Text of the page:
Now, I hope that all of you graduating today will prosper financially in your future endeavors. That's one reason for a college education. But I also hope you will fight the temptation to pursue success by bowing to the plutocratic norm. It is a distant cry from those Benedictine Values: sharing responsibility to create and support community; hospitality that creates a welcoming atmosphere; respect that values the dignity of all work; stewardship that provides wise and respectful use of all material and monetary resources; and the love of learning that transmits the treasures of human culture to new generations.
The following verses were engraved on the wall of Mother Teresa's home for children in Calcutta, and are widely attributed to her. However, these verses actually were written by Kent Keith in a motivational booklet for high school counselors published while he was a 19-year old college student in 1968. There's that year again. Trust me, I'm not caught in a time warp.
For good reason, these words are quoted far more often today than they were in the late 1960s. They are known both as "Anyway" and as "The Paradoxical Commandments."
People are often unreasonable, illogical,
Forgive them anyway.
If you are kind, People may accuse you
of selfish, ulterior motives;
Be kind anyway.
If you are successful, you will win some
false friends and some true enemies;
If you are honest and frank,
people may cheat you;
Be honest and frank anyway.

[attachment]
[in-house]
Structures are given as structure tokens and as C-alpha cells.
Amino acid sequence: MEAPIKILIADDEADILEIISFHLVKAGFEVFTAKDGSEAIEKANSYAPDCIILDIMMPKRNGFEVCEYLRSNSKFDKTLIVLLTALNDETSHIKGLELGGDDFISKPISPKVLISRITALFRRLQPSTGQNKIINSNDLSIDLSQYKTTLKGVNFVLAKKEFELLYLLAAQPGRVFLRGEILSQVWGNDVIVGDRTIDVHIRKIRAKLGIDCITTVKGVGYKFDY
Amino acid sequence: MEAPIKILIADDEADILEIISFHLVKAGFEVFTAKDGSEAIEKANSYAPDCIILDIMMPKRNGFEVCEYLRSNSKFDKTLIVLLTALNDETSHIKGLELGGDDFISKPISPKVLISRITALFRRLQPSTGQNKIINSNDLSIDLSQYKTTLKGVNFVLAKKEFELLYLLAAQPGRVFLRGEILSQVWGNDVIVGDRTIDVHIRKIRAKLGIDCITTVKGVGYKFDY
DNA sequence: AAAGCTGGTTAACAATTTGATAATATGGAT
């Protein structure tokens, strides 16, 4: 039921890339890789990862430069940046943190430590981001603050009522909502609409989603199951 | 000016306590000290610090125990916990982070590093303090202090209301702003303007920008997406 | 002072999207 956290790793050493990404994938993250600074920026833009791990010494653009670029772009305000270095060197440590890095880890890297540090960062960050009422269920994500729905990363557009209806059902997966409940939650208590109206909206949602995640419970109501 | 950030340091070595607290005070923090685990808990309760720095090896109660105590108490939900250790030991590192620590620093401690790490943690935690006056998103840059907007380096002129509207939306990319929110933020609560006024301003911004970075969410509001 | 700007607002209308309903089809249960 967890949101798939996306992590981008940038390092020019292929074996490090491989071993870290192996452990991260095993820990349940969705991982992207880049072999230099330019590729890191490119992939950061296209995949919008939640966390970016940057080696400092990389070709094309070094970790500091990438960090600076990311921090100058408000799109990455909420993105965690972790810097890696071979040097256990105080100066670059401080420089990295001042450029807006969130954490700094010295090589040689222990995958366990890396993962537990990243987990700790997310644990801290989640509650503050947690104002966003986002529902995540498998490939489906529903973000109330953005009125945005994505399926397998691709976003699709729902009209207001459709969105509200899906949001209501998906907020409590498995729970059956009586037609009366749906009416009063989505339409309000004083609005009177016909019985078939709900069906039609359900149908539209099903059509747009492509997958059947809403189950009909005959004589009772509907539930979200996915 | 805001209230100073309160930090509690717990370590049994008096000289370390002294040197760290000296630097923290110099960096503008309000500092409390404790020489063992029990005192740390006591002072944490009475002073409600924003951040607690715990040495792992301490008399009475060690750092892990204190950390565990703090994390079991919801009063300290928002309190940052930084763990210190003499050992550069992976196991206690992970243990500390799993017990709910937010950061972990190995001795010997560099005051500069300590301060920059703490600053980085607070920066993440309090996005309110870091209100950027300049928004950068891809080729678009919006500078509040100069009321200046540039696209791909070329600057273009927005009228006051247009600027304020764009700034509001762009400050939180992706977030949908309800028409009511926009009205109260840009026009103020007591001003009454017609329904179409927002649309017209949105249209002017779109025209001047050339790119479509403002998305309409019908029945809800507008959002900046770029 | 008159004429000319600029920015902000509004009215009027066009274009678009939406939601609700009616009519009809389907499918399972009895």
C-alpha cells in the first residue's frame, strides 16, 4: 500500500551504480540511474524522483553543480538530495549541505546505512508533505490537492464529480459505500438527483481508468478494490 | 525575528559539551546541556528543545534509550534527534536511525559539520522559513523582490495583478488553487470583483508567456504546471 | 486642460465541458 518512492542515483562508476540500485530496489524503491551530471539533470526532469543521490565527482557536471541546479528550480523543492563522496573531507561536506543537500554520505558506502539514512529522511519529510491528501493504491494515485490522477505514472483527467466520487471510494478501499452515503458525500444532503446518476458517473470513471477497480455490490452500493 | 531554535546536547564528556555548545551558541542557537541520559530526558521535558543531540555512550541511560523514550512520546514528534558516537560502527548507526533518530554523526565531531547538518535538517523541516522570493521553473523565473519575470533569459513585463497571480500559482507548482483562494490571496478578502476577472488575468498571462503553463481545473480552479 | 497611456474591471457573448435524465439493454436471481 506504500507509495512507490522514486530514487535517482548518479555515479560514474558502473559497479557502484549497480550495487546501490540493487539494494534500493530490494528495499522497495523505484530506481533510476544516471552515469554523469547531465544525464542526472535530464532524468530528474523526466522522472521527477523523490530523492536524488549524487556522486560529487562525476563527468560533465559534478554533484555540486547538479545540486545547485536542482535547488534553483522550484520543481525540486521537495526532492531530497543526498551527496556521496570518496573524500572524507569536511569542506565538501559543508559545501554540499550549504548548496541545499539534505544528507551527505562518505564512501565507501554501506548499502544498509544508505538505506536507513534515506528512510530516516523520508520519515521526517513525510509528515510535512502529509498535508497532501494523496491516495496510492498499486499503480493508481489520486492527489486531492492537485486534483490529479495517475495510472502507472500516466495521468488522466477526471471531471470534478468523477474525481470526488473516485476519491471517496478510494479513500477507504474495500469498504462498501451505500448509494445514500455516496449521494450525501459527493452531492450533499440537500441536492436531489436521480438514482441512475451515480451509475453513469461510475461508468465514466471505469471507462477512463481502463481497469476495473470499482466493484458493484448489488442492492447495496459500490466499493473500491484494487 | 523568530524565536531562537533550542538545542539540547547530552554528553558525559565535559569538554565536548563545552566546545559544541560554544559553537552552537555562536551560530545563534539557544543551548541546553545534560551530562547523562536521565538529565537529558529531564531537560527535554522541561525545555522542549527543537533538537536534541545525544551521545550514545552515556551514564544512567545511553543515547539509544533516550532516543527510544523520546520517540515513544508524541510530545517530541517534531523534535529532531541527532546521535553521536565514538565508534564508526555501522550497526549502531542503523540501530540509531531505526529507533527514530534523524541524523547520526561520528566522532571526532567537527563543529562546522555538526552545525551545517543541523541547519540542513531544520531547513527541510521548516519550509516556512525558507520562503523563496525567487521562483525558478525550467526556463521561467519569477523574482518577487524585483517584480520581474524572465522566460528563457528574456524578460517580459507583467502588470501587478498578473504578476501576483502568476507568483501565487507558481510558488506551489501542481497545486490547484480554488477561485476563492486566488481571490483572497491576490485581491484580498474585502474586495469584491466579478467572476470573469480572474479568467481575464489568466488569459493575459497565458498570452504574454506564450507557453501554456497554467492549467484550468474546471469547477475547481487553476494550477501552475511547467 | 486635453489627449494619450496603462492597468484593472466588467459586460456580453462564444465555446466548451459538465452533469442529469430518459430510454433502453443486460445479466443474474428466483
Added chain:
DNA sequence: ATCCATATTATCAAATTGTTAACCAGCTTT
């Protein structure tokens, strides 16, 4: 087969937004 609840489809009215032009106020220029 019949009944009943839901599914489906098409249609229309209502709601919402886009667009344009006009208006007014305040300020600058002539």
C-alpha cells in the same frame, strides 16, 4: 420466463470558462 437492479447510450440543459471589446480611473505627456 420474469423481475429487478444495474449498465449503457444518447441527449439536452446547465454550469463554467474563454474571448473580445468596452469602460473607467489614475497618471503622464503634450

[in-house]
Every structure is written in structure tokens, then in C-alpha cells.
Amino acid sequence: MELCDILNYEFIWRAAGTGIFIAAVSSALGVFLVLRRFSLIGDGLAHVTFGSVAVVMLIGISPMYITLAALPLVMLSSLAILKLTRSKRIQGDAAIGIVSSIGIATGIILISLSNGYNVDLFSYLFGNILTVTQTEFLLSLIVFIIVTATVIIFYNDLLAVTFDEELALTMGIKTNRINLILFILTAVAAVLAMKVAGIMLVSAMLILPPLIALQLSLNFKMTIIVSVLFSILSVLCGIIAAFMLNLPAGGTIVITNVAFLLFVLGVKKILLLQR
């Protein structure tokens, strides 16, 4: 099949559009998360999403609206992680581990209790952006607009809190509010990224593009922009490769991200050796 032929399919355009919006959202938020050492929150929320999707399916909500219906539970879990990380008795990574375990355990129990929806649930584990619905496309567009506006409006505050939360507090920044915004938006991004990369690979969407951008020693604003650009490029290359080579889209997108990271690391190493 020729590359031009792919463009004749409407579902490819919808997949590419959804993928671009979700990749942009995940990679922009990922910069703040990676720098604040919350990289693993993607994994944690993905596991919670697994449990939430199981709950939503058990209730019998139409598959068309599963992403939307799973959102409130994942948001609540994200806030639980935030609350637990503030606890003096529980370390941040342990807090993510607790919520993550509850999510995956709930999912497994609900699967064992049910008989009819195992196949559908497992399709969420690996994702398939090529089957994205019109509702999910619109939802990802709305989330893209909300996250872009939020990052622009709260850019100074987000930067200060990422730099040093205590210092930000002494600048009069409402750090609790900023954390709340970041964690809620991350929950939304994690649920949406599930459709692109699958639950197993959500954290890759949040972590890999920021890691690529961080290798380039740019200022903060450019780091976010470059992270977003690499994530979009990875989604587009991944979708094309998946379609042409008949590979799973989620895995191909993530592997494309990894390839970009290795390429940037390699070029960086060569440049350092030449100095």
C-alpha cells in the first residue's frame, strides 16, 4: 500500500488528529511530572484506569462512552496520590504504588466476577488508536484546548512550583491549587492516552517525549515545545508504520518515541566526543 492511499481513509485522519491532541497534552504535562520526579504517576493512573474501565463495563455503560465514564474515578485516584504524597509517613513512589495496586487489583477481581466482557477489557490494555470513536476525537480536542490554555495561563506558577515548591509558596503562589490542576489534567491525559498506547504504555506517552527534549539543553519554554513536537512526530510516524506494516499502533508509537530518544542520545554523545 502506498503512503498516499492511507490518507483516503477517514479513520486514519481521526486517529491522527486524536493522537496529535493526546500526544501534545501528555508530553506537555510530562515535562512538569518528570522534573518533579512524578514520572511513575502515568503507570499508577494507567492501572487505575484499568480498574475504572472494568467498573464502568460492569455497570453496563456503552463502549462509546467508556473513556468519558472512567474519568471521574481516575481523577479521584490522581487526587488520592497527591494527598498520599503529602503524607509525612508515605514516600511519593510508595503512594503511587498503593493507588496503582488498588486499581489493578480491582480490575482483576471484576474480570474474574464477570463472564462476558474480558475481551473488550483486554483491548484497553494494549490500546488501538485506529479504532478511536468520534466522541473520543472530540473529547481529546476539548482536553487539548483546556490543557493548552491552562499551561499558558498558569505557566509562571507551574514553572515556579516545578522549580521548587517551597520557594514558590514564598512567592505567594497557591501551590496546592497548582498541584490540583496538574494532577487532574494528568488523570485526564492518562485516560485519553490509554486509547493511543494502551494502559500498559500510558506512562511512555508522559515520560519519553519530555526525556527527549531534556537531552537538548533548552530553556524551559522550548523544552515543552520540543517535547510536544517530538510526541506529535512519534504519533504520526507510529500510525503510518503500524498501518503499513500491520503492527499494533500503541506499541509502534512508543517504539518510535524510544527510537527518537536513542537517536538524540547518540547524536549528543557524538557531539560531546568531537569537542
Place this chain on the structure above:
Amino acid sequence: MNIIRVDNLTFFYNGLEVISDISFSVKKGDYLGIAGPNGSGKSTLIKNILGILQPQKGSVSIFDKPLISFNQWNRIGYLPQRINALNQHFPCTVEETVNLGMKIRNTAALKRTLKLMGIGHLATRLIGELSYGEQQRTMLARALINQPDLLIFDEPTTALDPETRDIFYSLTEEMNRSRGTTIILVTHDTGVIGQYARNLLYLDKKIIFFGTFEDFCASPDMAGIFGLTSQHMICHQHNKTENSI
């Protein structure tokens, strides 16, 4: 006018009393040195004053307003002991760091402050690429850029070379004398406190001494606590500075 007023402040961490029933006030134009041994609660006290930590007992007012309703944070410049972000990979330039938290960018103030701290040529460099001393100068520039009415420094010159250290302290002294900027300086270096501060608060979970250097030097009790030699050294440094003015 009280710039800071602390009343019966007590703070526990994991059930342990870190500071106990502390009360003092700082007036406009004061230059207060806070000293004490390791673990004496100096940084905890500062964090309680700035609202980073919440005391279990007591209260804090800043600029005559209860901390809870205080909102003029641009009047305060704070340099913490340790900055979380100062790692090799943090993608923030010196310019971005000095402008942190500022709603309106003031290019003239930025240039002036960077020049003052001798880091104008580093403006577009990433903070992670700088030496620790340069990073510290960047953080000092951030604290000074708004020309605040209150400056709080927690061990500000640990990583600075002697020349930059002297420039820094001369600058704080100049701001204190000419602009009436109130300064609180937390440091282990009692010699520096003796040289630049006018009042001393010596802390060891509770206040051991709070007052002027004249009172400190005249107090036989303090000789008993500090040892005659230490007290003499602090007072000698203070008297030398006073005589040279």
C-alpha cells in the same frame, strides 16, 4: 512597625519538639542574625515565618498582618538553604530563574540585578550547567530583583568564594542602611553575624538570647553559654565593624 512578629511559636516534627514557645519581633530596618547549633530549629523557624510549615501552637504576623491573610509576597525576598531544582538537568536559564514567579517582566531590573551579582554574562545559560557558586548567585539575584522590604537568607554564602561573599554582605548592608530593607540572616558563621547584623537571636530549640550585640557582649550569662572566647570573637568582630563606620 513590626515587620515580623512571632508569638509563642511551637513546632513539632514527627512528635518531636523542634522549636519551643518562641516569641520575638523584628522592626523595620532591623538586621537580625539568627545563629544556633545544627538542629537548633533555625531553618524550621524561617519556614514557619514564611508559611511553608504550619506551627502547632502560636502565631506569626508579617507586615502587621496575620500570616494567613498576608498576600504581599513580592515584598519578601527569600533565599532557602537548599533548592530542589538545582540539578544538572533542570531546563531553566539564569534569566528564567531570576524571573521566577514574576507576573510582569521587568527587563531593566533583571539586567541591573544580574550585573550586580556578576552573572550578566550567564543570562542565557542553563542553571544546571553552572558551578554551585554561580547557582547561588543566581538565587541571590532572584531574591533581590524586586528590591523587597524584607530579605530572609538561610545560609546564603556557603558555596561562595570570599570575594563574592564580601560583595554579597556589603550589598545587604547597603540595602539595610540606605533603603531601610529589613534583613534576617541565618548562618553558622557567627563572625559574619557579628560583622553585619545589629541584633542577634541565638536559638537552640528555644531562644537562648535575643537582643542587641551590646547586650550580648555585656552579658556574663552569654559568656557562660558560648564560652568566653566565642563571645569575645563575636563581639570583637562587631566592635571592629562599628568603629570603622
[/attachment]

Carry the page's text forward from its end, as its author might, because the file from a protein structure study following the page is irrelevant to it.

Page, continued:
What you spend years building, someone
could destroy overnight.
If you find serenity and happiness,
they may be jealous;
Be happy anyway.
The good you do today,
people will often forget tomorrow;
Do good anyway.
Give the world the best you have,
and it may never be enough;
Give the world the best you've got anyway.
I wish all these attributes upon each of you, as you set off on a new course to your future. We live in a challenging world, and it takes a great sense of commitment to hold onto the core values that bring us true happiness. And whenever you need to, reflect back on all the good thoughts you are taking away from your years spent at the College of St. Scholastica.
Perhaps you'll think of the solitude in the Valley of Silence -- or whatever it was that made you happy there.
Your college Vision Statement includes a lofty goal for you as you reach out beyond this campus "committed to serve and to transform the world."
I wish you strength, happiness and true joy in this mission. Thank you for inviting me to share in your significant and inspiring achievement on the day you set forth from this time and place.
My friend, Ann Wright, says this is a good topic to mull over. First, do we have to fight? Next, who are we fighting? We should be talking instead. This scare tactic presumes and articulates that our enemies hate us:
1. For our freedoms
2. For our way of life
3. For what we are
Not so; it is occupying their country, it is trying to take their stuff. We now have over 700 bases in more than 130 of the world's 191 nations (and that is not even counting the mercenary private contractors of Blackwater). My son said repeatedly, "Mom, we are occupiers over here." And at his funeral, 8 officers came to my husband or to me, each privately, and asked us to do what we could to stop the privatization of the Army.
Let me tell you about Ann Wright. I met her at Camp Casey. Ann ran Camp Casey. She ran a tight camp with no fooling around; the local deputies loved her. Listen to her bio: